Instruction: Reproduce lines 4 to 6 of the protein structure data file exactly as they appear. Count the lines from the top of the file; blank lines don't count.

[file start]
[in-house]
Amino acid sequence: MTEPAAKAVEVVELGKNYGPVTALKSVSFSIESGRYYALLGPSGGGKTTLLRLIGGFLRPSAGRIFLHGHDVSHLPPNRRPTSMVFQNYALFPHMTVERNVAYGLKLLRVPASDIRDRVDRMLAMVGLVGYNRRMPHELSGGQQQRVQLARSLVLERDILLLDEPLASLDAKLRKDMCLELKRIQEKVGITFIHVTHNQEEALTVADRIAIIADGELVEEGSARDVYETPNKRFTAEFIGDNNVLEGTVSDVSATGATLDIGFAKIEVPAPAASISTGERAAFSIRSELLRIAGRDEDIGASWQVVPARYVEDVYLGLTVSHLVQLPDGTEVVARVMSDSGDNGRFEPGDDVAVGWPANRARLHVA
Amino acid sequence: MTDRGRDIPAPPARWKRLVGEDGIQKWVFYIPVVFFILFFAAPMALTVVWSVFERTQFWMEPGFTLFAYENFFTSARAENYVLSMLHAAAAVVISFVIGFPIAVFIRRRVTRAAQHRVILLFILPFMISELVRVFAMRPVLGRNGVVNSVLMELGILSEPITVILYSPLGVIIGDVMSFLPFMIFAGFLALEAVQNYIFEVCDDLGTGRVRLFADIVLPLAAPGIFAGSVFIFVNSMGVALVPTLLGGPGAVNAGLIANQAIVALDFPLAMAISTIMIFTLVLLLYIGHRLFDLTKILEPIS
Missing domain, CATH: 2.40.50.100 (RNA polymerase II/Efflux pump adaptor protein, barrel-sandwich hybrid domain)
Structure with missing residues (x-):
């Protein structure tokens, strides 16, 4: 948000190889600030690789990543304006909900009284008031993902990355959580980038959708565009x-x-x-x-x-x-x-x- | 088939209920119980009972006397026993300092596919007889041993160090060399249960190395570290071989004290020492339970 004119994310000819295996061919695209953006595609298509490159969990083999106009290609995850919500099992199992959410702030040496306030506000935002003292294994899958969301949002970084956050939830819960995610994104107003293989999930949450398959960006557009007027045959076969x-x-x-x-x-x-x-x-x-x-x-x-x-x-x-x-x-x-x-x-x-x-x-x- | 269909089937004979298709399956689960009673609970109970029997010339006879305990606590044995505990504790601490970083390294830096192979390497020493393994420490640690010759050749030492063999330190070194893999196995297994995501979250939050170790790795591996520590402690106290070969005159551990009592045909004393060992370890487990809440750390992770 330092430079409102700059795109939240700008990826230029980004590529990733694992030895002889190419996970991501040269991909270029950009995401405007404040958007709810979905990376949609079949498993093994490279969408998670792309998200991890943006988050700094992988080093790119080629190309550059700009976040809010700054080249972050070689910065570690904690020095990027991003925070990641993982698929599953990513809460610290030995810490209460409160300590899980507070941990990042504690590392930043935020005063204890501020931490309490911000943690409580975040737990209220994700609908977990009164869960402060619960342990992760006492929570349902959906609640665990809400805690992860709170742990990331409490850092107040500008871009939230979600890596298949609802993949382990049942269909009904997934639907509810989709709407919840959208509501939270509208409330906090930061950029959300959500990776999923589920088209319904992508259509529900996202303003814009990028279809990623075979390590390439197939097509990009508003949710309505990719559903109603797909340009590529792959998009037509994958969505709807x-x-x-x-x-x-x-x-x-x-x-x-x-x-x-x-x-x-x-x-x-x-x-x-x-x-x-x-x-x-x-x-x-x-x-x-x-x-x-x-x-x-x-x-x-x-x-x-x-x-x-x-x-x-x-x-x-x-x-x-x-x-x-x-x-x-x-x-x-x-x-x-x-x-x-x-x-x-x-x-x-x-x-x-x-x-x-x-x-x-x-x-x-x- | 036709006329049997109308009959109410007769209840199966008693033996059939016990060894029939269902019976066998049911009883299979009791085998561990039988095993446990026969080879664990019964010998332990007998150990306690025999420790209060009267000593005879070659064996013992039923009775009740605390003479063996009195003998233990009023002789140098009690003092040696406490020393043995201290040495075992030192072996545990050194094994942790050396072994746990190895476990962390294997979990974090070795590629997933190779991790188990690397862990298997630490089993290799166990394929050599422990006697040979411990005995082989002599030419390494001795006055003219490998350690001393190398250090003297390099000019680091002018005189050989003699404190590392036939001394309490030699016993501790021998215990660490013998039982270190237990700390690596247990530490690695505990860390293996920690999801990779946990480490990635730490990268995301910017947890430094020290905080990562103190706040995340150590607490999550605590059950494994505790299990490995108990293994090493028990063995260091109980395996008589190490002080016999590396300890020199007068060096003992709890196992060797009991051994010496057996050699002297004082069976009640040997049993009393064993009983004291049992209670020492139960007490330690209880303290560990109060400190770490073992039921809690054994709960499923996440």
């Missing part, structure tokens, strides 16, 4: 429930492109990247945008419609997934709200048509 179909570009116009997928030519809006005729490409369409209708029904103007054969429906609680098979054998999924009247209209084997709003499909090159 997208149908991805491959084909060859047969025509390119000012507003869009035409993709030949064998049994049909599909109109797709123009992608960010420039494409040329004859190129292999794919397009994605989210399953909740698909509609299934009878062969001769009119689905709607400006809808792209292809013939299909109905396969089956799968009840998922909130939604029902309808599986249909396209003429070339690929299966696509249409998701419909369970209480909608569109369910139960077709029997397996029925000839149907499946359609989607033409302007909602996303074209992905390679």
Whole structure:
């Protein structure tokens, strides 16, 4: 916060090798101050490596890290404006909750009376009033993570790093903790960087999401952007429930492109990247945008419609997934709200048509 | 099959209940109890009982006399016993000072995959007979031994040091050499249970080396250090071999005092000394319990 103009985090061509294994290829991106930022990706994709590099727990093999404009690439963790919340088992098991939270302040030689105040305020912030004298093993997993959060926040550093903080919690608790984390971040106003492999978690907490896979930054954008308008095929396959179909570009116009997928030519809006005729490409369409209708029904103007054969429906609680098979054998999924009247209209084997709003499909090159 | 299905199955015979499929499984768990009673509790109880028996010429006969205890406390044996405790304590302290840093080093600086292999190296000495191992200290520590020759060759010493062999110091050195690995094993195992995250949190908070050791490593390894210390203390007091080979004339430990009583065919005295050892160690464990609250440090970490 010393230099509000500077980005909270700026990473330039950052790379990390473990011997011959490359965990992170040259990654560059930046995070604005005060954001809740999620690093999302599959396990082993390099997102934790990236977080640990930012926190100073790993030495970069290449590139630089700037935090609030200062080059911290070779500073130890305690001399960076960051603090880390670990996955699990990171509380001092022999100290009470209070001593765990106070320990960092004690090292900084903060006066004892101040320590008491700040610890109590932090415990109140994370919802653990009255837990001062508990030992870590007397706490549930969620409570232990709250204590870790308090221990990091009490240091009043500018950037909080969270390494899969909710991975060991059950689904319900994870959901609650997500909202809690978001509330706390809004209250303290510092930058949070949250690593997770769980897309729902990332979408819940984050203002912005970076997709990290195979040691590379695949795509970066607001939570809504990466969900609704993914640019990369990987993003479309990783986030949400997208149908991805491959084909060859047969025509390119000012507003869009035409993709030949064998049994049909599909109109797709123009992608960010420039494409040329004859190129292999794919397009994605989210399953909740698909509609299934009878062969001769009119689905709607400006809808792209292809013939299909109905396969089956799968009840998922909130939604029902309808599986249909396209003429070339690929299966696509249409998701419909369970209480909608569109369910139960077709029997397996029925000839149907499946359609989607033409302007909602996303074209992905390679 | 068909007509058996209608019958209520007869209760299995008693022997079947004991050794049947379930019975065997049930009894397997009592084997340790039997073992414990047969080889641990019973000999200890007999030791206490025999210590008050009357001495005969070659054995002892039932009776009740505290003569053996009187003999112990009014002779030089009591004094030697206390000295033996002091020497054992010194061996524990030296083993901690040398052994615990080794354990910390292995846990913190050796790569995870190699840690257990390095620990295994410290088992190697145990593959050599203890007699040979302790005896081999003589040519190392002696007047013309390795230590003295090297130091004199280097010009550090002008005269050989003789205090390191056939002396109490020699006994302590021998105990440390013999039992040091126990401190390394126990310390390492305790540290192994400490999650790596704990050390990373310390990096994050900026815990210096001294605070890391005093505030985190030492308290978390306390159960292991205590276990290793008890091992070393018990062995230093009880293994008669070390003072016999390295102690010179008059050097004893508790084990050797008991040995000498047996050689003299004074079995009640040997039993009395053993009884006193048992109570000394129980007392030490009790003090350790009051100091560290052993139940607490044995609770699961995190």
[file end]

Missing domain, CATH: 2.40.50.100 (RNA polymerase II/Efflux pump adaptor protein, barrel-sandwich hybrid domain)
Structure with missing residues (x-):
């Protein structure tokens, strides 16, 4: 948000190889600030690789990543304006909900009284008031993902990355959580980038959708565009x-x-x-x-x-x-x-x- | 088939209920119980009972006397026993300092596919007889041993160090060399249960190395570290071989004290020492339970 004119994310000819295996061919695209953006595609298509490159969990083999106009290609995850919500099992199992959410702030040496306030506000935002003292294994899958969301949002970084956050939830819960995610994104107003293989999930949450398959960006557009007027045959076969x-x-x-x-x-x-x-x-x-x-x-x-x-x-x-x-x-x-x-x-x-x-x-x- | 269909089937004979298709399956689960009673609970109970029997010339006879305990606590044995505990504790601490970083390294830096192979390497020493393994420490640690010759050749030492063999330190070194893999196995297994995501979250939050170790790795591996520590402690106290070969005159551990009592045909004393060992370890487990809440750390992770 330092430079409102700059795109939240700008990826230029980004590529990733694992030895002889190419996970991501040269991909270029950009995401405007404040958007709810979905990376949609079949498993093994490279969408998670792309998200991890943006988050700094992988080093790119080629190309550059700009976040809010700054080249972050070689910065570690904690020095990027991003925070990641993982698929599953990513809460610290030995810490209460409160300590899980507070941990990042504690590392930043935020005063204890501020931490309490911000943690409580975040737990209220994700609908977990009164869960402060619960342990992760006492929570349902959906609640665990809400805690992860709170742990990331409490850092107040500008871009939230979600890596298949609802993949382990049942269909009904997934639907509810989709709407919840959208509501939270509208409330906090930061950029959300959500990776999923589920088209319904992508259509529900996202303003814009990028279809990623075979390590390439197939097509990009508003949710309505990719559903109603797909340009590529792959998009037509994958969505709807x-x-x-x-x-x-x-x-x-x-x-x-x-x-x-x-x-x-x-x-x-x-x-x-x-x-x-x-x-x-x-x-x-x-x-x-x-x-x-x-x-x-x-x-x-x-x-x-x-x-x-x-x-x-x-x-x-x-x-x-x-x-x-x-x-x-x-x-x-x-x-x-x-x-x-x-x-x-x-x-x-x-x-x-x-x-x-x-x-x-x-x-x-x- | 036709006329049997109308009959109410007769209840199966008693033996059939016990060894029939269902019976066998049911009883299979009791085998561990039988095993446990026969080879664990019964010998332990007998150990306690025999420790209060009267000593005879070659064996013992039923009775009740605390003479063996009195003998233990009023002789140098009690003092040696406490020393043995201290040495075992030192072996545990050194094994942790050396072994746990190895476990962390294997979990974090070795590629997933190779991790188990690397862990298997630490089993290799166990394929050599422990006697040979411990005995082989002599030419390494001795006055003219490998350690001393190398250090003297390099000019680091002018005189050989003699404190590392036939001394309490030699016993501790021998215990660490013998039982270190237990700390690596247990530490690695505990860390293996920690999801990779946990480490990635730490990268995301910017947890430094020290905080990562103190706040995340150590607490999550605590059950494994505790299990490995108990293994090493028990063995260091109980395996008589190490002080016999590396300890020199007068060096003992709890196992060797009991051994010496057996050699002297004082069976009640040997049993009393064993009983004291049992209670020492139960007490330690209880303290560990109060400190770490073992039921809690054994709960499923996440």